Cleveland Browns: Grades from loss vs. Dolphins
Looking at how each Cleveland Browns position group performed in the 30-24 overtime loss to the Miami Dolphins Sunday afternoon.
Miraculously, the Cleveland Browns found another way to lose Sunday. Just when it appeared that victory was within their grasp, they ensured it wasn’t in the most unorthodox of ways, falling to the Miami Dolphins 30-24 in overtime.
Maybe it wasn’t so shocking, given Cleveland’s recent history of unprecedented losses, but fans are still beyond shaking their heads at this one. The Browns truly put everything they had into this game, seemingly doing everything right, yet falling short to a poor Dolphins team. It took overtime, and a missed field goal to get there, before Miami attained good field position and clinched the victory on a touchdown drive. For obvious reasons, this loss stings more than many for the Browns and their fans.
As the team moves forward, what must they work on to solidify positions at which they need improvement? What can the team take from the film and learn before next week’s game against the Washington Redskins? The following is a complete breakdown of each of the major position groups and how they performed in Sunday afternoon’s game.
Determining a final grade for the quarterback play from Sunday’s game depends on which quarterback is being graded. Both Cody Kessler and Terrelle Pryor took snaps at the position, both in a traditional format, making them each true quarterbacks. At times, Pryor excelled, and at times, Kessler struggled.
Collectively, the quarterbacks threw for 279 yards on 24 completions, as Kessler threw for 244 yards and Pryor threw for 35. For the most part, Kessler looked like a quarterback starting his first career NFL game, but he also looked like one with a reasonable amount of potential.
Unfortunately, the coaching staff did not do what they needed to with Kessler, as they failed to get him into any sort of rhythm. It didn’t help that he fumbled on the first drive of the game after Cleveland forced a turnover, but the plays called for him still were not sufficient in allowing Kessler to take what was given for him. Overall though, the young quarterback out of USC handled the difficult situation nearly as well as he could have as the Browns’ 26th starter since 1999, avoiding an interception despite the relentless pressure.
As for Pryor, merely the amount he played was a surprise. But how he played also pleasantly shocked a lot of Browns fans, as he was electric at times under center. Still, it doesn’t appear that Pryor is a natural NFL quarterback despite playing the position in college, and the Browns cannot proceed with him at quarterback. All things considered, Cleveland’s quarterbacks put forth an average performance, at least allowing their team an opportunity to notch the victory.
Running Backs: B
One refreshing aspect of Sunday’s otherwise miserable game was the solid play of the running backs, especially Isaiah Crowell. The stats both Crowell and colleague Duke Johnson Jr. put up do not do them justice as to how well they played.
Crowell, the featured back for the majority of the contest, ran for 79 yards on 15 carries. Similarly, Johnson ran for 69 yards on 10 carries, an exceptional yards per carry average. Often times, the offensive line struggled to create holes for Crowell and Johnson, especially Crowell. In these instances, the third-year back would put his shoulder down and gain positive yardage anyway.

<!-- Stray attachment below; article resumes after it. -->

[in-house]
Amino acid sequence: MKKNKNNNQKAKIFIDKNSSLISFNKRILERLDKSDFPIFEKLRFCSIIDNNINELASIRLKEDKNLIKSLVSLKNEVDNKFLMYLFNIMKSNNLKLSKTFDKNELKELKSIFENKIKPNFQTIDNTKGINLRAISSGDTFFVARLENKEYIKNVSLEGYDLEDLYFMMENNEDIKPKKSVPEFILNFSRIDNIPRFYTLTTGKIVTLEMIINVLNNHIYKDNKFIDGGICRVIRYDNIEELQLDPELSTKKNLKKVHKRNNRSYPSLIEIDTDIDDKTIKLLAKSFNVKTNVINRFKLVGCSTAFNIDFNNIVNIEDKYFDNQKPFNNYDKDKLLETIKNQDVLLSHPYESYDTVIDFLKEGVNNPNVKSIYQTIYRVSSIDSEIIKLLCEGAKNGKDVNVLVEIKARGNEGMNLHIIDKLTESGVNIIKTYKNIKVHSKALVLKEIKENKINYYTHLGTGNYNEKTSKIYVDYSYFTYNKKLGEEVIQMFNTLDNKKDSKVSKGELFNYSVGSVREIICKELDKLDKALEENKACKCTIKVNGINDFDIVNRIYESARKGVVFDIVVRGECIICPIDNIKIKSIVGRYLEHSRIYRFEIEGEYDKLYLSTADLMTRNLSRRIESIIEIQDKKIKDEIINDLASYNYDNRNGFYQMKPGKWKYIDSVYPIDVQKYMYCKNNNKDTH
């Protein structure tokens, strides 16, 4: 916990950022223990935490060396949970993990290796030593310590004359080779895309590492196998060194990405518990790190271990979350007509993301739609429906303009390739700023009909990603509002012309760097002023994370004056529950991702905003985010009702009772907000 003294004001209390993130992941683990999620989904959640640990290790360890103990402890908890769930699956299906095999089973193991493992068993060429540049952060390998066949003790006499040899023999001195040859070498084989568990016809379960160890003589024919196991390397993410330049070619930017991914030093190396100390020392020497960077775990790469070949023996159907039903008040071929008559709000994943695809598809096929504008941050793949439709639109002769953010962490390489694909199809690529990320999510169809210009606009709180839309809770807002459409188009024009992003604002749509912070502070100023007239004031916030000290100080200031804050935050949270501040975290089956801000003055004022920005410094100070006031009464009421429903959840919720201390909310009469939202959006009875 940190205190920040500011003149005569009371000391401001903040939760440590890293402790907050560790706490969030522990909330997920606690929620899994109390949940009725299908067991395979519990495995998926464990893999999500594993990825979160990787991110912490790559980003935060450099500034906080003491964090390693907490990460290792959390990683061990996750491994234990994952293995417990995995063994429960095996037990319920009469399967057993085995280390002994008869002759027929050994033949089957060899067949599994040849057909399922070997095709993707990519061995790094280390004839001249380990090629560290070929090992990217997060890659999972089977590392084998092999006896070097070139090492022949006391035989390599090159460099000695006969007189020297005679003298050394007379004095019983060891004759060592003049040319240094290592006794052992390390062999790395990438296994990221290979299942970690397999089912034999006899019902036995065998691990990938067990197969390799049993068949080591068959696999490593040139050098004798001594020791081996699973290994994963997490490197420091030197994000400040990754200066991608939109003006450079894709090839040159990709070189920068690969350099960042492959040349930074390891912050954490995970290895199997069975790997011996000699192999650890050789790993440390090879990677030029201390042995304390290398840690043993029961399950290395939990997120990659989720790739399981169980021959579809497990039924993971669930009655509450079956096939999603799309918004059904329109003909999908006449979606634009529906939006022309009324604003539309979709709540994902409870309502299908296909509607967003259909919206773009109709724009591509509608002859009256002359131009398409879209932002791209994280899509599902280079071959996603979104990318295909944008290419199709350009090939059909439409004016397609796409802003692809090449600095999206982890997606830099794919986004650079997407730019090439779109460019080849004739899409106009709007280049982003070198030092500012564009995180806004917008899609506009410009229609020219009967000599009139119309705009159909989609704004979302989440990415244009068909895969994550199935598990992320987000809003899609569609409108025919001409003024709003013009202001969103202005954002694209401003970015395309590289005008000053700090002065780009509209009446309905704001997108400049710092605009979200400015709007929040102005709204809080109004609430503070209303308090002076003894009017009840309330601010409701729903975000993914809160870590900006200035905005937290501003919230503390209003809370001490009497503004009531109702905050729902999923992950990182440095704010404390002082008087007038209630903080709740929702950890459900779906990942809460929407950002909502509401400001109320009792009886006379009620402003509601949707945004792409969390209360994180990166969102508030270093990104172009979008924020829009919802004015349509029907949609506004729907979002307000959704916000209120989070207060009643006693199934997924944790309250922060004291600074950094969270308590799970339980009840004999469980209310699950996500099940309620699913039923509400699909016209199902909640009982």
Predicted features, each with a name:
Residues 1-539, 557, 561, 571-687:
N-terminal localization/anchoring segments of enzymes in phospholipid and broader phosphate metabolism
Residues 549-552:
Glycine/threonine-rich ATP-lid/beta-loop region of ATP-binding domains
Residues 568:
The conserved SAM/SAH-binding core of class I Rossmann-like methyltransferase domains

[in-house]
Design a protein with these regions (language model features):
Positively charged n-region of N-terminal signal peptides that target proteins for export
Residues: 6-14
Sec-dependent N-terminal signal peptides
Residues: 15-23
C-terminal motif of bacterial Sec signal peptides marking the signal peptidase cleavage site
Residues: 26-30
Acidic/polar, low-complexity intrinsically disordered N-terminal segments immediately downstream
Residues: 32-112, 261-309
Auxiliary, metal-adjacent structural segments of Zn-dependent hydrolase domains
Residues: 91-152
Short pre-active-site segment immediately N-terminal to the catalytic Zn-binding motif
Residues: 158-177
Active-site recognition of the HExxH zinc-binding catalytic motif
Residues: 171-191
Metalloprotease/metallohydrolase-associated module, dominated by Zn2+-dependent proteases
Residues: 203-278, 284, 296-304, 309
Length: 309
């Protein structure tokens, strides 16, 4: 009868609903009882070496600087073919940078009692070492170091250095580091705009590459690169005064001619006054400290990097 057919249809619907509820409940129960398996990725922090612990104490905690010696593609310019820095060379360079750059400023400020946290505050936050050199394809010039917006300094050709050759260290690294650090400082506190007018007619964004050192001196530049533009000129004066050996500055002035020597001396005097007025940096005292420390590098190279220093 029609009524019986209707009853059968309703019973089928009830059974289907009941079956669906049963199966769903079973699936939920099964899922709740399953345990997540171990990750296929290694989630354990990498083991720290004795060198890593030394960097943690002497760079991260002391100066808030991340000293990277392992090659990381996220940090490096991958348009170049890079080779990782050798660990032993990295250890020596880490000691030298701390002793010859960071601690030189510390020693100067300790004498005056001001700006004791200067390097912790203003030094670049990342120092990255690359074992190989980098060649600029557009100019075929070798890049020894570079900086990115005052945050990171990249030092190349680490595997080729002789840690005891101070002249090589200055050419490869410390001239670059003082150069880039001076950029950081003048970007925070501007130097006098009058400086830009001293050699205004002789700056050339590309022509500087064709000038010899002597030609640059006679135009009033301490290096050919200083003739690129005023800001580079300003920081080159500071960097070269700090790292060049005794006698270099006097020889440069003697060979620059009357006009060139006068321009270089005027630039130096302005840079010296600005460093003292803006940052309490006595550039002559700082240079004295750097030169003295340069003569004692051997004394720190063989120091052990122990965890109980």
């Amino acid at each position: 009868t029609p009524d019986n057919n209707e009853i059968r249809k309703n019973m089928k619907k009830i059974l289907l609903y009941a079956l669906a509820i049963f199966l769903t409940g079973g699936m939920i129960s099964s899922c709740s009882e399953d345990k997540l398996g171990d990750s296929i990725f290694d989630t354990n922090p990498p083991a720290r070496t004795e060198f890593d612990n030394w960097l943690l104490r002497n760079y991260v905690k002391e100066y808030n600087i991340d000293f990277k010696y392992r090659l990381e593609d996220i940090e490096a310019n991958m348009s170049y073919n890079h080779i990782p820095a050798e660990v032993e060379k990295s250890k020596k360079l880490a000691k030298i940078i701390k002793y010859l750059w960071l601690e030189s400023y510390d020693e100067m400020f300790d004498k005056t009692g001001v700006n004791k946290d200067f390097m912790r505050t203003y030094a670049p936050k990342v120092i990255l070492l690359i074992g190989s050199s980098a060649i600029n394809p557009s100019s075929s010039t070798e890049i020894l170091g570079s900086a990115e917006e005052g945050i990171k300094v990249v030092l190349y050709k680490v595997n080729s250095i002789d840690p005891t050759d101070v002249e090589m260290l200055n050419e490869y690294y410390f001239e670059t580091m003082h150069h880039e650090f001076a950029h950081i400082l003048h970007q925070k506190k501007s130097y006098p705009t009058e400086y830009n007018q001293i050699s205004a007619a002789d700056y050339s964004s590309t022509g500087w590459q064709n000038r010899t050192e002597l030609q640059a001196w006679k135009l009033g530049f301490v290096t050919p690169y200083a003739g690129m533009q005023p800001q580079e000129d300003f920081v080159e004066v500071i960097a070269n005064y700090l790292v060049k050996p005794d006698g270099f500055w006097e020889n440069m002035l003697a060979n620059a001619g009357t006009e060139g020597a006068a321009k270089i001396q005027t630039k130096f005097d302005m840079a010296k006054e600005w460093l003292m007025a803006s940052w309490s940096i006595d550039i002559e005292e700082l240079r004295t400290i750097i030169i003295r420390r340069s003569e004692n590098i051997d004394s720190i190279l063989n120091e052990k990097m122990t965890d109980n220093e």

It is often underestimated what solid running back play can do. There were numerous times in which Crowell created a positive chunk of yardage from a play which was not blocked very well. This kept the offense ahead of the chains and really jumpstarted Cleveland’s successful, or nearly successful, drives.
As for Johnson, many of his carries went to the outside, where his impressive speed was on full display. The former Miami Hurricane also had five receptions for 12 yards, playing a key role on third downs.
Overall, the running backs deserve a “B” because of their consistent play. Each did their job and put the Browns in a position offensively where they could have won the game. How they didn’t is a different story having nothing to do with this unit.
Wide Receivers: D
Statistically, this was by far the worst game so far this season for Cleveland’s wide receiver unit. Though this is clearly partially due to the absence of rookie Corey Coleman, the Browns failed to step up as a committee to replace him.
Many receivers played and were targeted, more than usual in fact. But only part-time quarterback Terrelle Pryor got into a groove as he led with 144 receiving yards. Also, Pryor impressed with his blocking on the edge, allowing running backs to gain large chunks of yardage. Pryor seemed to do everything at the position and at others, from making contested catches to blocking to running swiftly after the catch.
Besides Pryor though, it was really a struggle for Cleveland receivers all game long. Surprisingly, rookie Ricardo Louis recorded three receptions for a total of 40 yards, making him the second-most productive Browns receiver on the day. Andrew Hawkins caught two passes for 14 yards as well, and rookie Rashard Higgins was targeted but had no receptions.